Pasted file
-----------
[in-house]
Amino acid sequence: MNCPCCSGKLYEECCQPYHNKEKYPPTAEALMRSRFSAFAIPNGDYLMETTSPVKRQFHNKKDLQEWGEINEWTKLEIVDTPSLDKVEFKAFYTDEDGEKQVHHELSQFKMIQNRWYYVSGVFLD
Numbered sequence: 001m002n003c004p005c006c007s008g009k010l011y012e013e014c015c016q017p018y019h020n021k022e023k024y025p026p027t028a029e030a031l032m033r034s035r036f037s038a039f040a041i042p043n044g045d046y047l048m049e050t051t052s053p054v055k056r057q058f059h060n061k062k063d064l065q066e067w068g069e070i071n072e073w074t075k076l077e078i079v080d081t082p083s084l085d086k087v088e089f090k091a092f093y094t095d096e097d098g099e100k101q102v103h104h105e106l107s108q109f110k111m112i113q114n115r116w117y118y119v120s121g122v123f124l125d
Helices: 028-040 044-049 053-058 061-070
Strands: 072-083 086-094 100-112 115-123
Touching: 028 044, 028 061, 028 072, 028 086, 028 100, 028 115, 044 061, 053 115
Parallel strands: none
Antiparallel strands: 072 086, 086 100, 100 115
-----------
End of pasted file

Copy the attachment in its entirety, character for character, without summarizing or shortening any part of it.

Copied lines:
[in-house]
Amino acid sequence: MNCPCCSGKLYEECCQPYHNKEKYPPTAEALMRSRFSAFAIPNGDYLMETTSPVKRQFHNKKDLQEWGEINEWTKLEIVDTPSLDKVEFKAFYTDEDGEKQVHHELSQFKMIQNRWYYVSGVFLD
Numbered sequence: 001m002n003c004p005c006c007s008g009k010l011y012e013e014c015c016q017p018y019h020n021k022e023k024y025p026p027t028a029e030a031l032m033r034s035r036f037s038a039f040a041i042p043n044g045d046y047l048m049e050t051t052s053p054v055k056r057q058f059h060n061k062k063d064l065q066e067w068g069e070i071n072e073w074t075k076l077e078i079v080d081t082p083s084l085d086k087v088e089f090k091a092f093y094t095d096e097d098g099e100k101q102v103h104h105e106l107s108q109f110k111m112i113q114n115r116w117y118y119v120s121g122v123f124l125d
Helices: 028-040 044-049 053-058 061-070
Strands: 072-083 086-094 100-112 115-123
Touching: 028 044, 028 061, 028 072, 028 086, 028 100, 028 115, 044 061, 053 115
Parallel strands: none
Antiparallel strands: 072 086, 086 100, 100 115